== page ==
A millionaire businessman who built himself up from humble beginnings in Boston’s Fenside, and donated millions to his home town, has died.
Town benefactor Len Medlock was a true ‘Boston boy-done good’ – and his legacy of love for the town of his childhood is still felt today.
The 89-year-old died on April 25 in his sleep, following a long illness. His funeral took place yesterday (Tuesday).
Mr Medlock was a familiar face in The Standard over the years through the generous work of the charitable trust he set up in 1986 – making grants of more than £26 million in the Boston, Bath and Bristol areas.
He had moved to Bath with his family some years’ ago, but never forgot his hometown.
Some of the many things he ‘gifted’ to Boston include the voluntary centre in St George’s Road, which bears his name, and building extensions to Fenside Community Centre and Boston Grammar School.
“He never forgot his roots,” said his sister Margaret, of Sussex Avenue, Boston.
“We had happy childhoods making our own fun and playing outdoors. When he came to stay he would always go to the places where we played as children. He was appreciative of the education he received here which enabled him to achieve so much. But he worked hard, even when he was a schoolboy.”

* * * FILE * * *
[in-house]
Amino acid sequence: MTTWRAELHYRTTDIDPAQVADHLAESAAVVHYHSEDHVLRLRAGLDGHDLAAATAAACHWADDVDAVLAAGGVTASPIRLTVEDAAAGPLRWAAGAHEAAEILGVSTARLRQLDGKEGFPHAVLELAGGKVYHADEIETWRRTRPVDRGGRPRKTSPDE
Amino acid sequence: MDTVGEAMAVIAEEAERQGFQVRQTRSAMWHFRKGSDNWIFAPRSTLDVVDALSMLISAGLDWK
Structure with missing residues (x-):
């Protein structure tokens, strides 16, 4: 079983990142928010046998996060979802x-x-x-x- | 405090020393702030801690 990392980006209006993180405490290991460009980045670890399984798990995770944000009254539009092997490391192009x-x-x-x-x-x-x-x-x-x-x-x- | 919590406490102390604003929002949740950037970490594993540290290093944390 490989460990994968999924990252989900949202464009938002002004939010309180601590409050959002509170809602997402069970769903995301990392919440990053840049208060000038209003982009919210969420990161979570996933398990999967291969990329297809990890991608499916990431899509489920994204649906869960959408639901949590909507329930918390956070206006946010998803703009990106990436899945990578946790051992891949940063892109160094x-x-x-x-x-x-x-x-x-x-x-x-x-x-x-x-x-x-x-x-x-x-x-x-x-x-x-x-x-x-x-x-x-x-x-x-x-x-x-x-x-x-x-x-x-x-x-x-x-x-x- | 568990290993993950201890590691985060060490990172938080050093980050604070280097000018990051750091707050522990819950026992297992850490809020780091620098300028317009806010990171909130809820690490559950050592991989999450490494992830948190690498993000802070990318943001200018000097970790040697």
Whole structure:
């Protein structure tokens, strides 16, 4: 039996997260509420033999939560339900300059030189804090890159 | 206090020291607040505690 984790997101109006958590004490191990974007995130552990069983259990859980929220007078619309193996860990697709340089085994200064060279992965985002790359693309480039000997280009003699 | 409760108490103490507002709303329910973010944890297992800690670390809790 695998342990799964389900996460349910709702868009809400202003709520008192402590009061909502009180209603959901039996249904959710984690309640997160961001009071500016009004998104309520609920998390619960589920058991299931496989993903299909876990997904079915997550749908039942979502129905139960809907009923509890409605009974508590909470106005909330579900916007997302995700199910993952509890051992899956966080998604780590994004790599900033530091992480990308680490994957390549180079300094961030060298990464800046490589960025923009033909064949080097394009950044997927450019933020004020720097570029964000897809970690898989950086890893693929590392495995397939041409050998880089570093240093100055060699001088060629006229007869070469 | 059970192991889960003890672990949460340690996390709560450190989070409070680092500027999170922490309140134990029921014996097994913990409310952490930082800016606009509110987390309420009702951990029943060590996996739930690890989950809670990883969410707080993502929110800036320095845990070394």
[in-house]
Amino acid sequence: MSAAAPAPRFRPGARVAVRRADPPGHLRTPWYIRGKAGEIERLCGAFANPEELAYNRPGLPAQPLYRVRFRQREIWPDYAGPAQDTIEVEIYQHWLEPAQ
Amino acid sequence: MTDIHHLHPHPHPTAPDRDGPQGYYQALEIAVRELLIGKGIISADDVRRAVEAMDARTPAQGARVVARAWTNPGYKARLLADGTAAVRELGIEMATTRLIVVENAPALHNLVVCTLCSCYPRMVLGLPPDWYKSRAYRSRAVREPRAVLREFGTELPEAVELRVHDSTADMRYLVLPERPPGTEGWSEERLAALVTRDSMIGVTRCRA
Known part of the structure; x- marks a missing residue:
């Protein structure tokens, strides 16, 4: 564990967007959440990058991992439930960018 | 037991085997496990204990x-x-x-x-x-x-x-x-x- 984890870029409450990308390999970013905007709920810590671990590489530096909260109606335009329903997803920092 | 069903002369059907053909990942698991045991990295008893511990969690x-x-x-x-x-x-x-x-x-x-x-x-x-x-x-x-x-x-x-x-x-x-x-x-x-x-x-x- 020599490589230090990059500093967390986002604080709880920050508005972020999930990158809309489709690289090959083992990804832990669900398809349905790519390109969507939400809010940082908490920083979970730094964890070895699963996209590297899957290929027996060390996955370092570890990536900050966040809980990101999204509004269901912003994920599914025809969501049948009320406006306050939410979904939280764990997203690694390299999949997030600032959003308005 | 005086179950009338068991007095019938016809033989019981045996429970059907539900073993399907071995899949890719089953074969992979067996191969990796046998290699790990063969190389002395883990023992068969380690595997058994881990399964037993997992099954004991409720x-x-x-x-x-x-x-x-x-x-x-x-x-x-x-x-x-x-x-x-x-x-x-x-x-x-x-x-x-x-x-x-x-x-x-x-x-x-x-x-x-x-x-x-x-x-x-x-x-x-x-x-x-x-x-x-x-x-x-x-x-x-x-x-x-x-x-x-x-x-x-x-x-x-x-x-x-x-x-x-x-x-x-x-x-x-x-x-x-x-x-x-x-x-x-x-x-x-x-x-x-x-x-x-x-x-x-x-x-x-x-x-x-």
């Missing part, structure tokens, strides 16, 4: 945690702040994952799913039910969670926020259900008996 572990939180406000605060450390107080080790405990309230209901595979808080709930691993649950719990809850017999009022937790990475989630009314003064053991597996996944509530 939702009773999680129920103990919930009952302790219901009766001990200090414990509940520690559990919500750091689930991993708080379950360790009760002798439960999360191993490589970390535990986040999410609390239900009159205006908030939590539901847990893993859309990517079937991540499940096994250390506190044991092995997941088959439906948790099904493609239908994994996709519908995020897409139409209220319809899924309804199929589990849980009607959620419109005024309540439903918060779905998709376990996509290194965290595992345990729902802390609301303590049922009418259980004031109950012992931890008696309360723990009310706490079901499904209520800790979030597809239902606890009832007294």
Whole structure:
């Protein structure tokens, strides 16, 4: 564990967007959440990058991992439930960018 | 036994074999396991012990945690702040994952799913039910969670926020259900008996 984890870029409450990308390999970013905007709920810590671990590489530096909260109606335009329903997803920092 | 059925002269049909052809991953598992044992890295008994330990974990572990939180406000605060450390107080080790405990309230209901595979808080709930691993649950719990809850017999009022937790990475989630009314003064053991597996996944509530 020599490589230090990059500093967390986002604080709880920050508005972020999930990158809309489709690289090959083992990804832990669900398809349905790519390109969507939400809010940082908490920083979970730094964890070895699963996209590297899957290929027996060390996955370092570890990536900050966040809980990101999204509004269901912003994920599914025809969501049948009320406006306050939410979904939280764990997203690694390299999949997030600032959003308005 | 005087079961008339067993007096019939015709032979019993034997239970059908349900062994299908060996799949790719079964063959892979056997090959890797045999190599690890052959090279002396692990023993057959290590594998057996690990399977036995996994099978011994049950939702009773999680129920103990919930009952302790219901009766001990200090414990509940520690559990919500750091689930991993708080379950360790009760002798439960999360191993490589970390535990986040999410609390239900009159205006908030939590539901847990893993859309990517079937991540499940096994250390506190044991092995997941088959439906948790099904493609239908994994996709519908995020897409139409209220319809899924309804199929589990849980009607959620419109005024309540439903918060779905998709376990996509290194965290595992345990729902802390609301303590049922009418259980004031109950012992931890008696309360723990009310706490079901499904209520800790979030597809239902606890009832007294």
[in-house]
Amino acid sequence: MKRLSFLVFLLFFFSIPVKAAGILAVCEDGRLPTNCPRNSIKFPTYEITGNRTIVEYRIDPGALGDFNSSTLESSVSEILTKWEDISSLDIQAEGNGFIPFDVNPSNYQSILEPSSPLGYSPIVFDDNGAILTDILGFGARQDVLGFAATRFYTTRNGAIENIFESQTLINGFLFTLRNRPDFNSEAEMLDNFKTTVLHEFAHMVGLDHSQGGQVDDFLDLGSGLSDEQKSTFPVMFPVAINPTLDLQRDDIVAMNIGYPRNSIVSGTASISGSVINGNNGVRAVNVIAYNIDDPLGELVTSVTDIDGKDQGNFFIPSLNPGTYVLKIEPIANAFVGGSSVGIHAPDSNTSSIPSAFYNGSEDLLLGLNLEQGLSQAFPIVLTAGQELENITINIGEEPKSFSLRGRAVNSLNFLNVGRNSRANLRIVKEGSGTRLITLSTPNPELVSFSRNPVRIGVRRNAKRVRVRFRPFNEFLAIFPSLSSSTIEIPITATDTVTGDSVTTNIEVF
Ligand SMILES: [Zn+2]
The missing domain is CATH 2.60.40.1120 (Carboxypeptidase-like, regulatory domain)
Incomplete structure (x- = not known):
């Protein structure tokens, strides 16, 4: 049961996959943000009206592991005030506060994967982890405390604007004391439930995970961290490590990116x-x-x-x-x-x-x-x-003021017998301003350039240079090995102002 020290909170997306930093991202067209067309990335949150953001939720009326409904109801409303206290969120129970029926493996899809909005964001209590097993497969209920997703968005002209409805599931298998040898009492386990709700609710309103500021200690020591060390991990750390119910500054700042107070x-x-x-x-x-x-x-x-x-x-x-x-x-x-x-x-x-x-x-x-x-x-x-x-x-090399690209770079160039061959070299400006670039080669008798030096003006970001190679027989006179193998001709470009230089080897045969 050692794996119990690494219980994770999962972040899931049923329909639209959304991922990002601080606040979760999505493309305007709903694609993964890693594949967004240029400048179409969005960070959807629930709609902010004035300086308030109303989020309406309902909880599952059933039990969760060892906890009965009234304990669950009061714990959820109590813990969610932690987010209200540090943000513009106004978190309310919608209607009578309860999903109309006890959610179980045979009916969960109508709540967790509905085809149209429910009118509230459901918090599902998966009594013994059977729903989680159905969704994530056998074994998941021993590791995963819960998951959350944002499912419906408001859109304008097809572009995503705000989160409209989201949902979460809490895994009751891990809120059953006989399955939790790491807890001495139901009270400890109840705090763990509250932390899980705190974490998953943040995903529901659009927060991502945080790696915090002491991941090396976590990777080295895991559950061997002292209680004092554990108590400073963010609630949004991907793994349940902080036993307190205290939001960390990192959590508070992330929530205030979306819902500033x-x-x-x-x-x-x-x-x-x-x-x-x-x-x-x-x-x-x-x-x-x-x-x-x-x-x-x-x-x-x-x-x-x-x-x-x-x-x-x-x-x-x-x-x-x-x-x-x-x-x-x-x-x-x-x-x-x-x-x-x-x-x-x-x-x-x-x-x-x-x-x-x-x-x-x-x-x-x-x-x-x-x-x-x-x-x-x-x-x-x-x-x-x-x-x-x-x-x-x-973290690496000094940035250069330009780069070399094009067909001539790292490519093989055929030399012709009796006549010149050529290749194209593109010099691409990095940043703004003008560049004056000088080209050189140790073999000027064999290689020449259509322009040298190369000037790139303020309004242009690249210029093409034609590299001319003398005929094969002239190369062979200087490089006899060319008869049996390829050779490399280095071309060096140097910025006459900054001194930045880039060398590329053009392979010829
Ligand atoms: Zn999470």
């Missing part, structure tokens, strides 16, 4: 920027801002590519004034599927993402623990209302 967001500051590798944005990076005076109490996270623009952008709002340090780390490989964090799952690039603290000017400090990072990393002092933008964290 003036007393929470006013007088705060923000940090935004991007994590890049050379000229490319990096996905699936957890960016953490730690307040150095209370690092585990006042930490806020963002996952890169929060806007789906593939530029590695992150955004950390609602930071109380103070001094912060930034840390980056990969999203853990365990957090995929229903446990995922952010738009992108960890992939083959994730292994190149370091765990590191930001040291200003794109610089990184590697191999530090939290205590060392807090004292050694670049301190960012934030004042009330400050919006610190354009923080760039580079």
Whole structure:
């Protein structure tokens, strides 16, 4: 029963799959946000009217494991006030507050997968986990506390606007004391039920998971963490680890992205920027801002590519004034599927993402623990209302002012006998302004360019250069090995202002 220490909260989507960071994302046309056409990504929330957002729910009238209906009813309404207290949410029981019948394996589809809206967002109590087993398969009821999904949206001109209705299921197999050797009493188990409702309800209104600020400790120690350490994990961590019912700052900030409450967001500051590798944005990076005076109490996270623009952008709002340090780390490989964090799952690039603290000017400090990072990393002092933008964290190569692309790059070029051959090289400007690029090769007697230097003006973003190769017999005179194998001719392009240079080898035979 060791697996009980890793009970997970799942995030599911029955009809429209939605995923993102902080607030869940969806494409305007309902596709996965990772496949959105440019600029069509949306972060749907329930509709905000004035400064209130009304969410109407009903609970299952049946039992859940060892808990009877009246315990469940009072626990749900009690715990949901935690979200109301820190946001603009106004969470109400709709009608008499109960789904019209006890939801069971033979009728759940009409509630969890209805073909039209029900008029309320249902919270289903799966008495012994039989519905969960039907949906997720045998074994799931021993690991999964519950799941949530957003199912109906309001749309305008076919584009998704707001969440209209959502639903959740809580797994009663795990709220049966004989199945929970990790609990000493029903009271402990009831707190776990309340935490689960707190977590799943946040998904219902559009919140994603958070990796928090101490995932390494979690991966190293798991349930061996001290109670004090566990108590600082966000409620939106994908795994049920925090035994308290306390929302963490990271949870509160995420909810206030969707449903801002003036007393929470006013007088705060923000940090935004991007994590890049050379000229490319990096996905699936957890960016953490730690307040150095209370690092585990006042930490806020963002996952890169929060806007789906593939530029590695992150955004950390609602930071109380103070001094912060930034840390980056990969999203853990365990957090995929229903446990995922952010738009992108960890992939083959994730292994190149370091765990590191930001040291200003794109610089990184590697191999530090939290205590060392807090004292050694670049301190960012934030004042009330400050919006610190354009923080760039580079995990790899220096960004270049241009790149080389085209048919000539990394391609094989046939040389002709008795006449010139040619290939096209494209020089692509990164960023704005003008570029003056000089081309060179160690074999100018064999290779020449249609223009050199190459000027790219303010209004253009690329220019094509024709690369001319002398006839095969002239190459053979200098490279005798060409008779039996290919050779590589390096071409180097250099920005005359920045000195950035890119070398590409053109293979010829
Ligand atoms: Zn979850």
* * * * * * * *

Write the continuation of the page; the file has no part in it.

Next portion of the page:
Mr Medlock was a self-made man who set up a successful engineering company that now trades as Sitec but he never forgot his humble beginnings. His father Robert was an farm worker and a lorry driver and his mother a housewife. He had four brothers and four sisters.
Educated at Staniland Primary and Boston Grammar schools he later studied at Hull Technical College before joining the Royal Navy in 1944.
He met his wife Brenda and they married in 1949. They had two children, Thea and David. Brenda died in 2010.
A book of condolence is available to sign at the Len Medlock Voluntary Centre.
Mandy Exley from Lincolnshire Community and Voluntary Service said: “He was Boston’s benefactor and helped so many groups.
“We have a lot to thank him for. His last donation was for the food bank at St Christopher’s Church.”
With £35 million still in investments to fund future grants – Len’s good work is set to continue long after his death.